canoe) and then, „stead of taking to the woods when I run off, I‟d go down the

 river about fifty mile and camp in one place for good.” (39) In betraying his

 father, the feud worsens, even though Huck never saw Pap again until he was

 dead. Huck escapes by tricking his father into thinking robbers broke in and

 killed him, and then continues his way down the river. “And they‟ll follow the

 meal track to the lake and go browsing down the creek that leads out of it to

 find the robbers that killed me and took the things” (42) Huck realizes in the

 end that feuding can in fact be a good thing, that it can make people realize

 things that weren‟t prominent before. After multiple beatings and fights, Huck

 realizes that that isn‟t what he wants, so he leaves, thus escaping the feuding.

 “I didn‟t lose no time. The next minute I was a-spinning down-stream soft, but

 quick, in the shade of the bank.” (42)


         Feuds don‟t just happen between enemies though. Sometimes even a

best friend can get on a person‟s nerves. Huck and Tom Sawyer, his best friend,

may agree on most subjects, but on one they just couldn‟t agree. When Jim is

captured and is held at the Phelps farm, where Tom‟s Uncle Silas and Aunt Sally

live, Tom and Huck try to think of a plan to help Jim escape. While Tom is

thinking up all these grand schemes and plans like heroes he has heard of in

books, Huck is thinking more on simpler terms, ones that could actually work.
“That was the order I wanted, and that was the one I played for. I wanted to be

left free to work my plans.” (213) This feud may not be as prominent as the other

two, but it still is a clash between two personalities. Huck is growing up, starting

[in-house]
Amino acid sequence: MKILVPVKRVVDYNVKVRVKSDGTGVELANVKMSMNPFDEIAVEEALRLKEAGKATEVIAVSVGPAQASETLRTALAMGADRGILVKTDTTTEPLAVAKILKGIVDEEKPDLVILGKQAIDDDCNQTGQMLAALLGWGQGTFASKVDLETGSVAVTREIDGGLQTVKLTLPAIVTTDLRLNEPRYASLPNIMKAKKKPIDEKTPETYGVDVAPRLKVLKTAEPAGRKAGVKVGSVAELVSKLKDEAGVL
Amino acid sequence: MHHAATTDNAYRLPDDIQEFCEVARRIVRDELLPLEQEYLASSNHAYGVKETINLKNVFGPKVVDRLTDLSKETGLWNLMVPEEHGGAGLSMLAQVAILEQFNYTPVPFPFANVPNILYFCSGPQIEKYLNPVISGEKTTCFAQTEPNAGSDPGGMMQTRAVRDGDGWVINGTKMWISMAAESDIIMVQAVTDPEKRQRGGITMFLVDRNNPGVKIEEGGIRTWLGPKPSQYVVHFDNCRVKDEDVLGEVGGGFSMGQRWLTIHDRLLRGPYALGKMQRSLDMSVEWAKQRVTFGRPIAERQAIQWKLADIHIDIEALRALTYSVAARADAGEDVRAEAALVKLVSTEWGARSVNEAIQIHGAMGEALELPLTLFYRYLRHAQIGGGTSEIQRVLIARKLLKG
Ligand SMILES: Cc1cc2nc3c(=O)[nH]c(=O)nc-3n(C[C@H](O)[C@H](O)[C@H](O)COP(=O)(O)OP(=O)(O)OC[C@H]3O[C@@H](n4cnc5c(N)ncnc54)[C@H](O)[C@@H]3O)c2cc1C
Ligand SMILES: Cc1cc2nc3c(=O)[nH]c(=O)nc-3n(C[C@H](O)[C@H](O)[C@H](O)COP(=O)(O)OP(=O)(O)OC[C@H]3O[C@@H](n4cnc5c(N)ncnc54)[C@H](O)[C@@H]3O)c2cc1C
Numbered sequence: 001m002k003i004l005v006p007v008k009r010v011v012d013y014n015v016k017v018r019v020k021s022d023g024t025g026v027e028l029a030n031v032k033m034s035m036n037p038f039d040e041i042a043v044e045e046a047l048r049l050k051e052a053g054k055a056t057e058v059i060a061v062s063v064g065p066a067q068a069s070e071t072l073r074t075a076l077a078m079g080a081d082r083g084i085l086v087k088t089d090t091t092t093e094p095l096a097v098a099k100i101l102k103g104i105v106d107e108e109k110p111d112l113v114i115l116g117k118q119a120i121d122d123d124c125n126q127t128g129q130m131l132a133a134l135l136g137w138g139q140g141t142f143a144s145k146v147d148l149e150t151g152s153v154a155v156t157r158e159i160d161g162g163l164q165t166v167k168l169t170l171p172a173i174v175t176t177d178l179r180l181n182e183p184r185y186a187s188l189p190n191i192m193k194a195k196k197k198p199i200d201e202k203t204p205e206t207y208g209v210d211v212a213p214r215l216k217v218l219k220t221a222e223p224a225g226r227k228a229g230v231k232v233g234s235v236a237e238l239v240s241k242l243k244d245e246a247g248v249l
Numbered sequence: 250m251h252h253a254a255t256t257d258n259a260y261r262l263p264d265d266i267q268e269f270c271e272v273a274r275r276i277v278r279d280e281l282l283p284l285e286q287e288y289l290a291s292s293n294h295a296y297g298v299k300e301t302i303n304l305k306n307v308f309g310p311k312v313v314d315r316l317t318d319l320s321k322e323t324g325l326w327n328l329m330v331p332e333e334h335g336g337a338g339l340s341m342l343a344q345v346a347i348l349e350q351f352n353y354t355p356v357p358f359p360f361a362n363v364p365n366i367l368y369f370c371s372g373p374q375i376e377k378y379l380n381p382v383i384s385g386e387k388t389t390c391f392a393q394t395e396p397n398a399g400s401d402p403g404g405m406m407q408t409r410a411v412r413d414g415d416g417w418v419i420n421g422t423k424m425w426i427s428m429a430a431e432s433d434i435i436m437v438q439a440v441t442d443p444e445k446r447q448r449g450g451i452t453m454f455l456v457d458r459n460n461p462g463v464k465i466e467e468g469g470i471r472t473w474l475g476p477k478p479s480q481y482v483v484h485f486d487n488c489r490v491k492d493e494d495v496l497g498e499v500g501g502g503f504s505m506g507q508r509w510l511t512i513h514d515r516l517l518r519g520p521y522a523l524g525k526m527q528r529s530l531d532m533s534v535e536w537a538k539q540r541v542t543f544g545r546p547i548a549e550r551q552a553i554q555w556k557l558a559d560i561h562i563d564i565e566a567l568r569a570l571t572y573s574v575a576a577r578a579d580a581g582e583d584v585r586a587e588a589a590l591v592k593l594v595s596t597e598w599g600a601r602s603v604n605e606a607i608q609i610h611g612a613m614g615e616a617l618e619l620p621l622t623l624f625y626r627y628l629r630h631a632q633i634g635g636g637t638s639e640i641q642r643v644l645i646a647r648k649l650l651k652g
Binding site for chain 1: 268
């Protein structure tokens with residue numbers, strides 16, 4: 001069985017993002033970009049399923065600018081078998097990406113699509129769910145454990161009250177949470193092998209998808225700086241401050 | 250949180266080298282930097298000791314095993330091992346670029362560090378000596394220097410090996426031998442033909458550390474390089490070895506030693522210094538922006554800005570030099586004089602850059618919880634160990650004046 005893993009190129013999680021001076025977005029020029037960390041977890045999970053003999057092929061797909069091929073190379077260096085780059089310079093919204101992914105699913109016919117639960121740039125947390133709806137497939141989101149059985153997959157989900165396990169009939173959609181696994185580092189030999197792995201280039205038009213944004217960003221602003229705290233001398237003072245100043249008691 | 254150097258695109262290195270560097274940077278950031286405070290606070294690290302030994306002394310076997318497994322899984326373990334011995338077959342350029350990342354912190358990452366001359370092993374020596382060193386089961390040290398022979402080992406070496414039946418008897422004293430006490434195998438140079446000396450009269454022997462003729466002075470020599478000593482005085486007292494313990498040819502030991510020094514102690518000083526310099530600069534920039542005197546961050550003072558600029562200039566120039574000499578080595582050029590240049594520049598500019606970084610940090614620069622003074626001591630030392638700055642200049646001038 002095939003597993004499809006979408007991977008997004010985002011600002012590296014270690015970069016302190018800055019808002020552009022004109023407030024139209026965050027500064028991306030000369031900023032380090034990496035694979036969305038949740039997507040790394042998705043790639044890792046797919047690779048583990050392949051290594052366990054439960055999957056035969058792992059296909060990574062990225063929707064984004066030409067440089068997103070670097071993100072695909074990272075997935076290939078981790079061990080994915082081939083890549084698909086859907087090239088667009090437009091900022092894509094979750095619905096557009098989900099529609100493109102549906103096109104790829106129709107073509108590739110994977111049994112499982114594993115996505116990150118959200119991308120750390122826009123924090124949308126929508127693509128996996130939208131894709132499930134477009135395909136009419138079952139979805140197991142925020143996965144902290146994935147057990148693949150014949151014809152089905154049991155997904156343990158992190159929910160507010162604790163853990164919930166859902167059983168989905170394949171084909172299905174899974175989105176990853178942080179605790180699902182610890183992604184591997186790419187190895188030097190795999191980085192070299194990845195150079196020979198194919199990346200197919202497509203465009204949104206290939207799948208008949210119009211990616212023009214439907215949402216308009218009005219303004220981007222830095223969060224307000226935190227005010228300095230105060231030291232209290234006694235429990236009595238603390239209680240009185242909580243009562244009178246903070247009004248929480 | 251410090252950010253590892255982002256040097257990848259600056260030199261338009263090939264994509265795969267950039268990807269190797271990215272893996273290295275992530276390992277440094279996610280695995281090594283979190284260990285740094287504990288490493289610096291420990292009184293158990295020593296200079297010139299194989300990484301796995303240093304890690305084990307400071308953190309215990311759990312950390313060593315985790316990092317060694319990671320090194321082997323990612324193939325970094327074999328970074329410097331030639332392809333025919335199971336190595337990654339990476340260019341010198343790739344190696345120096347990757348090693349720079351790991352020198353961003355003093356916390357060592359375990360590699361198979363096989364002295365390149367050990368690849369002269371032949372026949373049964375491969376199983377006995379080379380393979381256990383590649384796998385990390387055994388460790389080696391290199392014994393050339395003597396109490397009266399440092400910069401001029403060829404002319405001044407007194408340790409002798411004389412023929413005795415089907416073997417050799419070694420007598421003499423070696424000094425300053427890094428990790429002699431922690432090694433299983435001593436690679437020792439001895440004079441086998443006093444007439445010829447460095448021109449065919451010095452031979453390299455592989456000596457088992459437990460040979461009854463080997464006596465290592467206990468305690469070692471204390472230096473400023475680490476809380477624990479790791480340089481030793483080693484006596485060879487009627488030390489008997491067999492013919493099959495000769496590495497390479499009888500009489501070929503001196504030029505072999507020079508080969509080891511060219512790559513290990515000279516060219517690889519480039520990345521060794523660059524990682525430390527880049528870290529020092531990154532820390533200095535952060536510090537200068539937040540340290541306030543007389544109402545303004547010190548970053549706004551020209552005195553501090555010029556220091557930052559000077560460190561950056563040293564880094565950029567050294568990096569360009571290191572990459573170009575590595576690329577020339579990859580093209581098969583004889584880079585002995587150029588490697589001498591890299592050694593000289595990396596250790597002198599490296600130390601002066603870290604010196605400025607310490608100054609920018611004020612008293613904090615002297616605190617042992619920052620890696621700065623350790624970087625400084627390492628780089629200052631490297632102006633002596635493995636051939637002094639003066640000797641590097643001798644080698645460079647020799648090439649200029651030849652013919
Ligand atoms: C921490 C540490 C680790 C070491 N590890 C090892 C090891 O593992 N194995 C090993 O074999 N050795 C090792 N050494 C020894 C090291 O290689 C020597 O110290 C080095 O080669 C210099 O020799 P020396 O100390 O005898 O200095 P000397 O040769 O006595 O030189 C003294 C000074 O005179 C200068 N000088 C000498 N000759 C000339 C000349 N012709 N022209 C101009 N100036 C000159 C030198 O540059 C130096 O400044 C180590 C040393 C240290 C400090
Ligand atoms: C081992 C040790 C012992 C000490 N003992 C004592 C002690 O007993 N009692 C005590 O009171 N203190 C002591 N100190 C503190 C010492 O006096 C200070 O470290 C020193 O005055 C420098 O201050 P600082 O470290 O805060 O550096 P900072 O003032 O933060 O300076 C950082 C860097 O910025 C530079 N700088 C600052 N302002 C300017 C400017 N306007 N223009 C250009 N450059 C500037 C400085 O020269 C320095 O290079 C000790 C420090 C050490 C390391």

to think not as a child, but as an adult, while Tom, on the other hand, still is full of

childish plans. The disagreement between the two boys can be seen in this

dialogue, “"Well, then," I says, "if we don't want the picks and shovels, what do

we want?" "A couple of case-knives.” "To dig the foundations out from under that

cabin with?" "Yes." "Confound it, it's foolish, Tom."” (263) Huck realizes that the

plan will never work, but Tom just doesn‟t seem to get it. Eventually though the

boys work it out and all is well in the end. Jim is set free by Miss Watson‟s will,

and the boys are able to continue living their lives. “Old Miss Watson died two

months ago, and she was ashamed she ever was going to sell him down the

river, she said so; and she set him free in her will.” (279)

         Feuds, even though by themselves are bad, the outcomes that come

from them can be good or bad, depending on the situation. If a person‟s unlucky,

like the Grangerfords and Sheperdsons, the outcome might not be so good,

possibly ending in death, such as in their case. But if a person is lucky, like Huck

and Tom, the outcome of the feud may be beneficial. Even though people

disagree, things can always be worked out. This novel really portrays feuding in

many ways, and affects the characters lives all around. Even though the feuds

center around death, betrayal, and the changing of grand schemes, everything

happens for a reason, and the characters in Twain‟s The Adventures of

Huckleberry Finn just need to forgot the past and move through to the future.
“The Adventures of Huckleberry Finn.” Enotes. 2009. http://www.enotes.com/finn/q-

and-a/what-ironic-elements-feud-2803,   April 8, 2009.




Twain, Mark. The Adventures of Huckleberry Finn. Logan, IA: The Perfection

Form Company, 1979.